Anatomy and Art

a blog by Sara Egner

DNA Replication – 3D Animation

with one comment

Hello again readers!  I’m so happy to be able to finally share with you all an animation that I worked on some months back for Sapling Learning.  Some of you will recall me writing about this one before.

The 3D models were created by studying the molecular sizes and shapes of the relevant molecules and then creating simplified representations. The 3D animation itself was created using Maxon’s Cinema 4D. Then the individual shots were composited together in Adobe’s After Effects. Audacity was used to record the narration, and then it was all put together for timing in Final Cut Pro (I still use an older version and cannot speak to all the changes they made in X.) I went back into After Effects for further labeling and effects (like the zoom into DNA polymerase) after that. So that’s the basic work flow.

There are a lot of biochemical processes that feel like a very complicated ballet as you get further into them.  Putting together the action of everything happening at the same time for the final shot in this animation really got me thinking about that analogy again.  And the truth is, that when this actually happens in nature, that lagging strand is actually being whipped around by helicase and read in an even more complicated fashion.  I really like that we emphasized that we were simplifying for clarity with this one.  A lot of educational materials would just let students find that out later if they went on to the next step in their studies.  That kind of thing always bothered me when I learned about such processes in school, and I’m happy to be with content experts who are willing to take the time to either make something more accurate, or let students know when things are being brushed over or left out of the picture for clarity.  I think that kind of thing is important.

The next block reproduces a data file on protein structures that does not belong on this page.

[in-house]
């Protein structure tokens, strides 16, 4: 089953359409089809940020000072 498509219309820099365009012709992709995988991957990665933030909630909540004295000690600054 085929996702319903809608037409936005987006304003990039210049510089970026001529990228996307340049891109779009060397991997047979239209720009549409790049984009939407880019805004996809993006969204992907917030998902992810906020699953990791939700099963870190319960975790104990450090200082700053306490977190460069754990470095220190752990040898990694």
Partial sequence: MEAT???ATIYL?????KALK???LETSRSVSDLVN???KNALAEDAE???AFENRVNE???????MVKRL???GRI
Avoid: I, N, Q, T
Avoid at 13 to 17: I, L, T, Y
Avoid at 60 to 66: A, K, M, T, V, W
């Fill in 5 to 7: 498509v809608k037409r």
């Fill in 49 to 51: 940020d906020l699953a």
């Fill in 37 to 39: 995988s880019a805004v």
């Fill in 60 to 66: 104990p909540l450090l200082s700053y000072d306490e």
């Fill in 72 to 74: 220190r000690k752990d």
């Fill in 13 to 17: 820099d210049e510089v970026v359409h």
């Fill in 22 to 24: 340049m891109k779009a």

Anyway, I’m really happy to be able to share this with you all.

Written by Sara

April 7th, 2013 at 9:03 pm

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One Response to 'DNA Replication – 3D Animation'

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  1. Regardless of it’s undesirable rep, many people that attempt Final Cut Pro X might actually wind up enjoying it!

    Earnest Munger

    8 Jun 13 at 6:21 pm

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